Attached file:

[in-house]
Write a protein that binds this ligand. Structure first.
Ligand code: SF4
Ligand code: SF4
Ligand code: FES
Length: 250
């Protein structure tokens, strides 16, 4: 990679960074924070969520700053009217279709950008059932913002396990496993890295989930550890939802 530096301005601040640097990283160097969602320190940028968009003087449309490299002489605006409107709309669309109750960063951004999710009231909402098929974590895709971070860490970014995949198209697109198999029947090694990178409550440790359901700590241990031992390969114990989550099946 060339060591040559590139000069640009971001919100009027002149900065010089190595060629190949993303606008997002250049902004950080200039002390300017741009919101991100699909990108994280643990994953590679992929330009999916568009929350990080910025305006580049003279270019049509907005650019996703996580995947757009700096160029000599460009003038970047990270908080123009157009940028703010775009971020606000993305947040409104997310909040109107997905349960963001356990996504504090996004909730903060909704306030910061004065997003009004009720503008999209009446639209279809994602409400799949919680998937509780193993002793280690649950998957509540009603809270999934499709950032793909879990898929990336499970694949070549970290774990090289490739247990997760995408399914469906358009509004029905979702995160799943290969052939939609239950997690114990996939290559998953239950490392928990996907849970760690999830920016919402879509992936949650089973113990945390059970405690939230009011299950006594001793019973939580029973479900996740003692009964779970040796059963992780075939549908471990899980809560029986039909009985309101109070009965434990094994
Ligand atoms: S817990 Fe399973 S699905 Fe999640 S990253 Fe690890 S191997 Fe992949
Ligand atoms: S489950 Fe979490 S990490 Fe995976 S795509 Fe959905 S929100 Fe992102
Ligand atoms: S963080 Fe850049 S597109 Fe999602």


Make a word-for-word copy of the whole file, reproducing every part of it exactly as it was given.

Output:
[in-house]
Write a protein that binds this ligand. Structure first.
Ligand code: SF4
Ligand code: SF4
Ligand code: FES
Length: 250
């Protein structure tokens, strides 16, 4: 990679960074924070969520700053009217279709950008059932913002396990496993890295989930550890939802 530096301005601040640097990283160097969602320190940028968009003087449309490299002489605006409107709309669309109750960063951004999710009231909402098929974590895709971070860490970014995949198209697109198999029947090694990178409550440790359901700590241990031992390969114990989550099946 060339060591040559590139000069640009971001919100009027002149900065010089190595060629190949993303606008997002250049902004950080200039002390300017741009919101991100699909990108994280643990994953590679992929330009999916568009929350990080910025305006580049003279270019049509907005650019996703996580995947757009700096160029000599460009003038970047990270908080123009157009940028703010775009971020606000993305947040409104997310909040109107997905349960963001356990996504504090996004909730903060909704306030910061004065997003009004009720503008999209009446639209279809994602409400799949919680998937509780193993002793280690649950998957509540009603809270999934499709950032793909879990898929990336499970694949070549970290774990090289490739247990997760995408399914469906358009509004029905979702995160799943290969052939939609239950997690114990996939290559998953239950490392928990996907849970760690999830920016919402879509992936949650089973113990945390059970405690939230009011299950006594001793019973939580029973479900996740003692009964779970040796059963992780075939549908471990899980809560029986039909009985309101109070009965434990094994
Ligand atoms: S817990 Fe399973 S699905 Fe999640 S990253 Fe690890 S191997 Fe992949
Ligand atoms: S489950 Fe979490 S990490 Fe995976 S795509 Fe959905 S929100 Fe992102
Ligand atoms: S963080 Fe850049 S597109 Fe999602």